Retail and foodservice – what we know so far

Friday, 20 March 2020

The coronavirus (COVID-19) pandemic is a worrying time for consumers and will impact behaviour both in and out of home. As we are still in the early stages of the pandemic, we are yet to have sight of actual demand data and therefore the purpose of this article is to highlight what we do know now (as of 20 March 2020). We will continue to track and report insights going forward. 

It is important to look at both the retail and foodservice environment, with both contributing billions to the UK economy on a yearly basis. As many people begin to isolate, the impact on both of these channels differs greatly.  

As the impact becomes more apparent, it will be key for us to look at the total domestic market to see how demand has been affected overall. 


  • We are strongly expecting grocery sales in retail to have grown in March. In addition to observed stockpiling behaviour, many meals which would normally be eaten in foodservice have transferred to the home. 

According to a study by MCA/HIM, one-third of consumers are claiming to stockpile food in preparation and 67% are concerned about retailers running out 

  • Long-life categories are currently preferred: tinned, frozen and dried goods. This has the potential to positively impact categories such as long-life milk, powdered milk, frozen meat and frozen chips. It may also benefit meat cuts that lend themselves to bulk cooking or freezing, such as mince, diced, etc. 
  • Although this peak in retail sales will subside, it is likely that retail demand will remain higher than usual, as people increasingly work from home and make fewer visits to foodservice  
  • Dependency on online delivery has increased, with retailers reporting that delivery slots are being booked weeks in advance. Ocado has temporarily suspended its website to help it cope with demand. Meal-kit companies are also reporting an upturn in sales. 

According to a study by MCA/HIM, 23% of shoppers plan to increase their use of online grocery shopping 

  • The surge in demand has seen action from retailers. Many have introduced product limits, priority access for elderly customers and cutting back on the range of products offered to improve efficiencies. Morrisons plans to create 3,500 new jobs to work in delivery and distribution centres, utilising new resource to launch food parcels, more delivery slots and a call centre for phone orders. Sainsbury’s has announced it will take staff off meat, fish and bakery counters to be utilised elsewhere in store. We will publish analysis of this impact as data is collected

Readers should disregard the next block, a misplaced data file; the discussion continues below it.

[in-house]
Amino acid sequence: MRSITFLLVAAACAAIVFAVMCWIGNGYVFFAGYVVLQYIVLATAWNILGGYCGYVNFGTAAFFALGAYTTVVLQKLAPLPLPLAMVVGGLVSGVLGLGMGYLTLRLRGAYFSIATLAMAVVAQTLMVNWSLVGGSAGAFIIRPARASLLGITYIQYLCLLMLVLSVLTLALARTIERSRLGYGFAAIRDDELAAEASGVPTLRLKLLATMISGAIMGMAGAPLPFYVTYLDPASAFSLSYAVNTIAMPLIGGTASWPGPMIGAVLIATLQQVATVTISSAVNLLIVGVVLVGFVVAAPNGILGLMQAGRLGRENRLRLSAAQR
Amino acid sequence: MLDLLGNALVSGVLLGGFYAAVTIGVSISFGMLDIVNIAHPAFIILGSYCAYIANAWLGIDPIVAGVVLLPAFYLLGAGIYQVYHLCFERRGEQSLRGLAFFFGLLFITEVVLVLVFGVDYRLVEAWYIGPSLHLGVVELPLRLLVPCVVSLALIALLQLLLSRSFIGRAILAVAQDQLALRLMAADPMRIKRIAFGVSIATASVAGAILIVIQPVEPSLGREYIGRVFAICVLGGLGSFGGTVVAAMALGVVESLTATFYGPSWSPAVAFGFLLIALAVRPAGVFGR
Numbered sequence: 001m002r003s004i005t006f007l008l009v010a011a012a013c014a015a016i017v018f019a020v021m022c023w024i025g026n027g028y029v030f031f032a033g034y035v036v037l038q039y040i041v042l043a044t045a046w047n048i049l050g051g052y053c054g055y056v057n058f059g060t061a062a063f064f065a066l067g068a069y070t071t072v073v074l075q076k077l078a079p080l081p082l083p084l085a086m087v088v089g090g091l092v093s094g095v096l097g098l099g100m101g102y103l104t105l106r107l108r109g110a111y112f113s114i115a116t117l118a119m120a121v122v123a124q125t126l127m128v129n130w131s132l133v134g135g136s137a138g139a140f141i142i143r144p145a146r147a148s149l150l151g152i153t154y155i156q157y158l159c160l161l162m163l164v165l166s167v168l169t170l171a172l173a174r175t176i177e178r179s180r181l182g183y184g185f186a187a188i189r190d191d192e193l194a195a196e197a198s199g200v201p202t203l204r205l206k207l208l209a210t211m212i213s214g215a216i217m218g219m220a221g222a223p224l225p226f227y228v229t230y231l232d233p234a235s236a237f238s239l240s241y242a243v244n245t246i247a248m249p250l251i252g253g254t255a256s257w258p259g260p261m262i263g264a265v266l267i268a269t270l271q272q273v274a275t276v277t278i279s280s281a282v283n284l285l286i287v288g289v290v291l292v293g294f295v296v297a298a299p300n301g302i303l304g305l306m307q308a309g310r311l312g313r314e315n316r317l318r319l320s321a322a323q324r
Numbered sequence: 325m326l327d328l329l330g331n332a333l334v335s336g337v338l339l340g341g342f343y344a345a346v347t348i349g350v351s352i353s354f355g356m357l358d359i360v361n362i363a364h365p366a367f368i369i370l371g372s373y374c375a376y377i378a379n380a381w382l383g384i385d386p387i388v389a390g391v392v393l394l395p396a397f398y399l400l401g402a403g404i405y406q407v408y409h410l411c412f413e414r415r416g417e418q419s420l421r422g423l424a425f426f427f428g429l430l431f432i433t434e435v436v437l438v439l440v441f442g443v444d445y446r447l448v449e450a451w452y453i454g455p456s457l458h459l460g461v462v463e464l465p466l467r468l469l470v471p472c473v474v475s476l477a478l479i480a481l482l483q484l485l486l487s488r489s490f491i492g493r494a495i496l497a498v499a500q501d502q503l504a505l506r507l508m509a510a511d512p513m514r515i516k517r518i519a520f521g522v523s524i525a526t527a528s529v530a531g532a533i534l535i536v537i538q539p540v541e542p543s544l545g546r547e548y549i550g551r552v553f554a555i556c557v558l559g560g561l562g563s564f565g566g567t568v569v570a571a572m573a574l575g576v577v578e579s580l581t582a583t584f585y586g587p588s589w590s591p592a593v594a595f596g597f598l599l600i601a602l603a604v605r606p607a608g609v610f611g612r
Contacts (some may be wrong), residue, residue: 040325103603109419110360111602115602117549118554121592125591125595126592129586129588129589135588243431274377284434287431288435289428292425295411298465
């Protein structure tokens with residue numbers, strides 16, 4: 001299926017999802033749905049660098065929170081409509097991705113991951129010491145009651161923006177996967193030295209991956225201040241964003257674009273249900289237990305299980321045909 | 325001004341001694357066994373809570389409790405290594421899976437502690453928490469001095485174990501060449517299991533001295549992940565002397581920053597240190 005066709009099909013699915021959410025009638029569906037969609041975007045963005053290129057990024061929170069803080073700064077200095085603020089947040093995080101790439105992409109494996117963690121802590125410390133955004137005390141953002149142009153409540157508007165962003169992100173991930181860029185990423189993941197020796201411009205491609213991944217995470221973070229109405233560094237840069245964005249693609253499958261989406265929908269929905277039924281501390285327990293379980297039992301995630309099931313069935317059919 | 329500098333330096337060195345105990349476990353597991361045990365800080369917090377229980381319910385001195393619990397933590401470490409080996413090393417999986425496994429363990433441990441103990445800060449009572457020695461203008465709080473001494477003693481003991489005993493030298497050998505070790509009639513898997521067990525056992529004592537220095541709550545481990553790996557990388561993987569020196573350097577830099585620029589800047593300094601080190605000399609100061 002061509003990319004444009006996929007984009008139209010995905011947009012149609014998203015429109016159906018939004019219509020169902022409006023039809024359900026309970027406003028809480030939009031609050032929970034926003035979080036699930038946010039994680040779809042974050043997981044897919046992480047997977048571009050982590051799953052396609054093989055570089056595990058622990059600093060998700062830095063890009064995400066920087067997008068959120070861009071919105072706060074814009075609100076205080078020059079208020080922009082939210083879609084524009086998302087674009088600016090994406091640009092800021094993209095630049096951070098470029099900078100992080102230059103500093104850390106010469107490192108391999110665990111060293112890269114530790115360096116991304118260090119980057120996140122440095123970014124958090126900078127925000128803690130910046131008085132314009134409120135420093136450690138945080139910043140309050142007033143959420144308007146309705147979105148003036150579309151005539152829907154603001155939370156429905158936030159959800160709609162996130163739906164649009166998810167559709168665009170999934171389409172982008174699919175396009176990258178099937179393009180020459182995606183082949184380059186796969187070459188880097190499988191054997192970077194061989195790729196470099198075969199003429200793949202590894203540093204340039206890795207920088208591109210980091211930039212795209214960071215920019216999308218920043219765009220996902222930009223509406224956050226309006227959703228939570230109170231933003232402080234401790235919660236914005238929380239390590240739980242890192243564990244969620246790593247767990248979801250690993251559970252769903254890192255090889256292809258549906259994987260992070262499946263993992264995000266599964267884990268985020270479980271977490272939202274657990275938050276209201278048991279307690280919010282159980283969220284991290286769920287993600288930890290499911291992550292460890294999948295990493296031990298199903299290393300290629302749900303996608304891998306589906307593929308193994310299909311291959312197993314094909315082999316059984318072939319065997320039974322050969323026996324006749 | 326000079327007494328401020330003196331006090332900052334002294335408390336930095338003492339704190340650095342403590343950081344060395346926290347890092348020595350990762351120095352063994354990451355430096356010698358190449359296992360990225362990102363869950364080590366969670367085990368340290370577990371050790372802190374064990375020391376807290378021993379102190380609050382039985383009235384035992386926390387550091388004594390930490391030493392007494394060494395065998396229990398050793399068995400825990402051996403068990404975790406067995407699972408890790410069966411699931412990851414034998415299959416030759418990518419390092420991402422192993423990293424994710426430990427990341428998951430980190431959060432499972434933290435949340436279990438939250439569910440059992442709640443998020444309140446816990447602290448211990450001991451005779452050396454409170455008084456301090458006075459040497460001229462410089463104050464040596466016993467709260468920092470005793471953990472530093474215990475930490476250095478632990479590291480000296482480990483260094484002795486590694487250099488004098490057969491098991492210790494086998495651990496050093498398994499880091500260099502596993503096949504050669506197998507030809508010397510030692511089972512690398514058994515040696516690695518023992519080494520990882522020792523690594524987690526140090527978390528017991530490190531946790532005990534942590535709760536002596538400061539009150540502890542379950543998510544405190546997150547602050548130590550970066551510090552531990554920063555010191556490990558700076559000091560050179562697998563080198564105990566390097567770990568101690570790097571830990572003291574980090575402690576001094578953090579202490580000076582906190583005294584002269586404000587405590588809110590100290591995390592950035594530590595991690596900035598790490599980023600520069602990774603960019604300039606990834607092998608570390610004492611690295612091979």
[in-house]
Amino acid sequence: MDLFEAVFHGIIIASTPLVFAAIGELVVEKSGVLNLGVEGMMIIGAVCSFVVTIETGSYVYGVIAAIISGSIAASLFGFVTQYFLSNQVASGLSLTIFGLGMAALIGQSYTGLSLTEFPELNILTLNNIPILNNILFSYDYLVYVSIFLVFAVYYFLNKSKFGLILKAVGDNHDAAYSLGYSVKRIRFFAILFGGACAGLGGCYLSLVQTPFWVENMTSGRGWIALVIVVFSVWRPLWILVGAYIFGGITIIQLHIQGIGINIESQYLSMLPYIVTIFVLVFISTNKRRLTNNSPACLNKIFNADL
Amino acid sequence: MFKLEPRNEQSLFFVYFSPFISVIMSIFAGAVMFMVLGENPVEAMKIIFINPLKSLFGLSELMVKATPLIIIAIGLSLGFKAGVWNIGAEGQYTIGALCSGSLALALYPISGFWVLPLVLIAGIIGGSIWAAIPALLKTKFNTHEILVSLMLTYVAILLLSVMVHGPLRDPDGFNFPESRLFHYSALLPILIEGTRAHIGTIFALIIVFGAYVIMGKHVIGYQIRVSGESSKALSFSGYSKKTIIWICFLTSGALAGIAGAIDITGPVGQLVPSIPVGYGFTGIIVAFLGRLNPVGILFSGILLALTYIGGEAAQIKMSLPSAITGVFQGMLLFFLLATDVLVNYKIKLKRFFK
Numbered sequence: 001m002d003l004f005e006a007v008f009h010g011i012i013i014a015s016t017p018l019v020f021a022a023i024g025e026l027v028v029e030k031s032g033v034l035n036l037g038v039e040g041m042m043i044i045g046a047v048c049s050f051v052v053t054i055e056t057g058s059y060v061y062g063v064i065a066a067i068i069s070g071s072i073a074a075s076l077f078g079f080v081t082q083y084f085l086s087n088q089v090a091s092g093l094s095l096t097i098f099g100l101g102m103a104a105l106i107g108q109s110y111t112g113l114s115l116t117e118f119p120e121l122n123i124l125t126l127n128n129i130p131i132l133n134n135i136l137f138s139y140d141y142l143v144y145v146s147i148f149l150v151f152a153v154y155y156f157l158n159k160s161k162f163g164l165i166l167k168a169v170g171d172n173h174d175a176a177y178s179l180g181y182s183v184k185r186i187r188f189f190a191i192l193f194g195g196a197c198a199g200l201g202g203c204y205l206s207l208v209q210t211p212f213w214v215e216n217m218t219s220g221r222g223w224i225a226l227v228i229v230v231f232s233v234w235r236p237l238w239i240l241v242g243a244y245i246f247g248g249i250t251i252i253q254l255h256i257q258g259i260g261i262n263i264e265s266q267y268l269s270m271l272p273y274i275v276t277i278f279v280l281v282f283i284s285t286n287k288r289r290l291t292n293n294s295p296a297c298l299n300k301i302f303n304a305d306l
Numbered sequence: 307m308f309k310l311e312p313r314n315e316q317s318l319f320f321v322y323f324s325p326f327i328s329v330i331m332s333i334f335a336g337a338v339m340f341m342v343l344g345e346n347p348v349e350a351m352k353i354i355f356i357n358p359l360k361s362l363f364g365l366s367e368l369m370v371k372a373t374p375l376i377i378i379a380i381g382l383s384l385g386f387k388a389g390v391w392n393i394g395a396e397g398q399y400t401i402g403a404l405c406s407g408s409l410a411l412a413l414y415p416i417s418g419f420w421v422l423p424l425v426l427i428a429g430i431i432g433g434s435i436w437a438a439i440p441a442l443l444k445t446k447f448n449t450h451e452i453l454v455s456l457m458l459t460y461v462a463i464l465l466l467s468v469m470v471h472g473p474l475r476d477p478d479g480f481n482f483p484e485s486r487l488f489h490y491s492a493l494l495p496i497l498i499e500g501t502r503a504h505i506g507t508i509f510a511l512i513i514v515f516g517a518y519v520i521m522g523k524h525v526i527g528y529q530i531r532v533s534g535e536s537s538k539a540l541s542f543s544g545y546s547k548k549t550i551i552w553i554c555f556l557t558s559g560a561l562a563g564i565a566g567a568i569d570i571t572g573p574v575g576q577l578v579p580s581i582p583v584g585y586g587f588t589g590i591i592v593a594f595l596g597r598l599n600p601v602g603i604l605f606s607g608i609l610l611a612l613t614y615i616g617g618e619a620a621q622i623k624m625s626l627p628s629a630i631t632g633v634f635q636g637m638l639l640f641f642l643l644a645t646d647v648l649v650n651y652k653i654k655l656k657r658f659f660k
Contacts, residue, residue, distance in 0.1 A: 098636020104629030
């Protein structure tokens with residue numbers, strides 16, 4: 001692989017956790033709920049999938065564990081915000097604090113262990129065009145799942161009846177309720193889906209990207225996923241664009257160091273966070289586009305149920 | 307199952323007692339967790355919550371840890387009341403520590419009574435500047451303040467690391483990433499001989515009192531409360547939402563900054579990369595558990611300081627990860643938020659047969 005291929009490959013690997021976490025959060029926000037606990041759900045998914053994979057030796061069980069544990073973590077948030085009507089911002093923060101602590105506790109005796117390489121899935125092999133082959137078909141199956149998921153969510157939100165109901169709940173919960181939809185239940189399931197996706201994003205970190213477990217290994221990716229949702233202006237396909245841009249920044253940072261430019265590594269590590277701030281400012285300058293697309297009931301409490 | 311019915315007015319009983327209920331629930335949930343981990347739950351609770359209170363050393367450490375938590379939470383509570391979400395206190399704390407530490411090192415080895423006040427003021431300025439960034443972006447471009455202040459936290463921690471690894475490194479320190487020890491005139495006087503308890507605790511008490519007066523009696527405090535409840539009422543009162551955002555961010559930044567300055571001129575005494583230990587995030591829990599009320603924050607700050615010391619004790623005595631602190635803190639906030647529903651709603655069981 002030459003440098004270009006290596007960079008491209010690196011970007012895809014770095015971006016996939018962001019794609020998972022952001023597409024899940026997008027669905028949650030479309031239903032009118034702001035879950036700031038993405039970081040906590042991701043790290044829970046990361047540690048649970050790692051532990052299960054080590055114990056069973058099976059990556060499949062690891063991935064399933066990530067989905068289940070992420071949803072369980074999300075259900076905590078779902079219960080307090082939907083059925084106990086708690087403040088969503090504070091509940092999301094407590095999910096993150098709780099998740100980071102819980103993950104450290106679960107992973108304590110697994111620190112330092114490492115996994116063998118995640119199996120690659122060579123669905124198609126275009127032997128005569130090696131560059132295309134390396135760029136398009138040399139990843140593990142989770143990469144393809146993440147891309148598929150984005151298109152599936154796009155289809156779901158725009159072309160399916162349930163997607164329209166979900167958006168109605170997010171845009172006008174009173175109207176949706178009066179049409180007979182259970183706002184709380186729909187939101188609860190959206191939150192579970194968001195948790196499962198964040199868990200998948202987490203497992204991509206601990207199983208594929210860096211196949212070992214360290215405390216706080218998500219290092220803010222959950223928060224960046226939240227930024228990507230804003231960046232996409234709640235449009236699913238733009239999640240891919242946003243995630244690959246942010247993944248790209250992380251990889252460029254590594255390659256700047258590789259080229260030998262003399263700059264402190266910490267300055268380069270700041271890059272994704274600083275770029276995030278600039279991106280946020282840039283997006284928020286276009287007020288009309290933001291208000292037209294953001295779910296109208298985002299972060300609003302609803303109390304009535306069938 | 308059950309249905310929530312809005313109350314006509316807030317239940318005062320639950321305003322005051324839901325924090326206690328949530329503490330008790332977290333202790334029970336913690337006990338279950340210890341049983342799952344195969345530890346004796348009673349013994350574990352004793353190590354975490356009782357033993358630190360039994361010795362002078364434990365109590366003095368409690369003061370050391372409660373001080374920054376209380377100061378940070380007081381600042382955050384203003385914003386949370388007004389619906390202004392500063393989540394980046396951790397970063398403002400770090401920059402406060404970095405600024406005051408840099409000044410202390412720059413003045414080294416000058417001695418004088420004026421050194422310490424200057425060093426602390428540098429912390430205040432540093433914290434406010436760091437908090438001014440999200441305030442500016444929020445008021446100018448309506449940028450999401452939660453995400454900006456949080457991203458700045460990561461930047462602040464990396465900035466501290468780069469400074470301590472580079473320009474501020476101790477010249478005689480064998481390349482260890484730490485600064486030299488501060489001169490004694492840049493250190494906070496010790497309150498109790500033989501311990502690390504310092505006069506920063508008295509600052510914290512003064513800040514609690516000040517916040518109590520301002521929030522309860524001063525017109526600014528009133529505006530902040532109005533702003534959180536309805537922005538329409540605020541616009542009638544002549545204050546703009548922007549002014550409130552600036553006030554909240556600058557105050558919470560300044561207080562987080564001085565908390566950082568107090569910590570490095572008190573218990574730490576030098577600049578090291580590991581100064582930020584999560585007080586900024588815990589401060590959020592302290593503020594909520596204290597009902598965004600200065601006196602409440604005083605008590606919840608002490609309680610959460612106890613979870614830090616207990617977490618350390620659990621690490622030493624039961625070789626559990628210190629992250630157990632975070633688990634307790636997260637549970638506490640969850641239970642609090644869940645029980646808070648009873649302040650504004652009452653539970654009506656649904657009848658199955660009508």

As of midnight on the 20th March all bars, pubs, cafes and restaurants have been ordered to close. They are able to provide takeaways.

The majority of foodservice revenue (AHDB estimates 80%) comes from the eating-out market. What we know about this channel is: 

  • Before this announcement, eating-out sales were declining as footfall decreased dramatically. According to Wireless Social, in the seven days to 20 March there was a 50% fall compared with the same seven days last year

  • Early signs show that certain eating-out channels may be worst hit: 
    • London, city centres, travel hubs and universities 
    • Pubs, local independents and supermarket/department stores, as these are venues most popular with the over-70s 
    • Coffee shops, supermarket-to-go and sandwich retailers, as more people work from home 
    • Catering companies, due to event and conference cancellations 

Coffer Peach Business Tracker, week ending March 15, 2020, trading figures for pub, bar and restaurant groups

Coffer Peach Business Tracker, week ending March 15, 2020, trading figures for pub, bar and restaurant groups. For latest weekly data please visit their website here


  • Eating-out channels have responded to the new socially distant environment by offering food to go, meal kits or home-delivery options. Planning rules were relaxed to allow all pubs, restaurants and cafes to offer takeaway or food delivery, without prior permission. This is still the case following the announcement on the 19th. Fast-food outlets are well placed to service the off-premises market 
  • A survey of Chinese consumers by Kantar found that, once they were free from lockdown, the first activity they wanted to do was go to a restaurant, cited by 63% of respondents 

A smaller but integral part of the market (currently at 8% share of foodservice) is delivery. What we know here is: 

  • Food delivery was already in double-digit growth (+18% spend in 2019). With people having to stay at home, coupled with the initiatives mentioned above from restaurants, this growth will inevitably accelerate  
  • Delivery companies, such as Deliveroo and Just Eat, quickly reacted by launching contactless delivery, initiatives to support grocery shopping and reassurance about hygiene levels, as well as extra precautions. Restaurant take-up of these delivery services has increased 
  • Food delivery lends itself to certain dishes and food categories: beef, due to burgers (a Five Guys burger is the number one Deliveroo order in the UK), dairy, due to pizzas, and potatoes, due to fish and chips 
  • While a gain in food delivery is positive for the foodservice market because of its overall size, gains here are not likely to compensate for losses seen in the eating-out market 


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